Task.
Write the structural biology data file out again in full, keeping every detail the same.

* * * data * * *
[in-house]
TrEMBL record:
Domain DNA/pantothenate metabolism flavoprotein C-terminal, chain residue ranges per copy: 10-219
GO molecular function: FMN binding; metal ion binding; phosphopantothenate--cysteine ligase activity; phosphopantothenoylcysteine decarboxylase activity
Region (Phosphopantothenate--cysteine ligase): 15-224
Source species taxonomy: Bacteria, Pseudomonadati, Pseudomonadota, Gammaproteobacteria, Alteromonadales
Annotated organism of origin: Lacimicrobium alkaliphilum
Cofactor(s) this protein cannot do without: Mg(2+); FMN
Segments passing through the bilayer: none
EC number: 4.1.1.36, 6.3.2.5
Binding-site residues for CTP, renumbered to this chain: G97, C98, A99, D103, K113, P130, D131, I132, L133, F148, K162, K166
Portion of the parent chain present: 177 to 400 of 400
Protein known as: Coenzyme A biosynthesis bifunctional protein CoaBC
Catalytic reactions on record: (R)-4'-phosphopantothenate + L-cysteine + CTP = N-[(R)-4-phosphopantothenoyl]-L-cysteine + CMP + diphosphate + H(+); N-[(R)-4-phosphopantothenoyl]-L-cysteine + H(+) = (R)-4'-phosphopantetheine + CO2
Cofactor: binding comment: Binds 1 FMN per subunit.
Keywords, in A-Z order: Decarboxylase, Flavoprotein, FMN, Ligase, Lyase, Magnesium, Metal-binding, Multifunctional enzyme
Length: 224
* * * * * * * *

[in-house]
TrEMBL record:
Domain DNA/pantothenate metabolism flavoprotein C-terminal, chain residue ranges per copy: 10-219
GO molecular function: FMN binding; metal ion binding; phosphopantothenate--cysteine ligase activity; phosphopantothenoylcysteine decarboxylase activity
Region (Phosphopantothenate--cysteine ligase): 15-224
Source species taxonomy: Bacteria, Pseudomonadati, Pseudomonadota, Gammaproteobacteria, Alteromonadales
Annotated organism of origin: Lacimicrobium alkaliphilum
Cofactor(s) this protein cannot do without: Mg(2+); FMN
Segments passing through the bilayer: none
EC number: 4.1.1.36, 6.3.2.5
Binding-site residues for CTP, renumbered to this chain: G97, C98, A99, D103, K113, P130, D131, I132, L133, F148, K162, K166
Portion of the parent chain present: 177 to 400 of 400
Protein known as: Coenzyme A biosynthesis bifunctional protein CoaBC
Catalytic reactions on record: (R)-4'-phosphopantothenate + L-cysteine + CTP = N-[(R)-4-phosphopantothenoyl]-L-cysteine + CMP + diphosphate + H(+); N-[(R)-4-phosphopantothenoyl]-L-cysteine + H(+) = (R)-4'-phosphopantetheine + CO2
Cofactor: binding comment: Binds 1 FMN per subunit.
Keywords, in A-Z order: Decarboxylase, Flavoprotein, FMN, Ligase, Lyase, Magnesium, Metal-binding, Multifunctional enzyme
Length: 224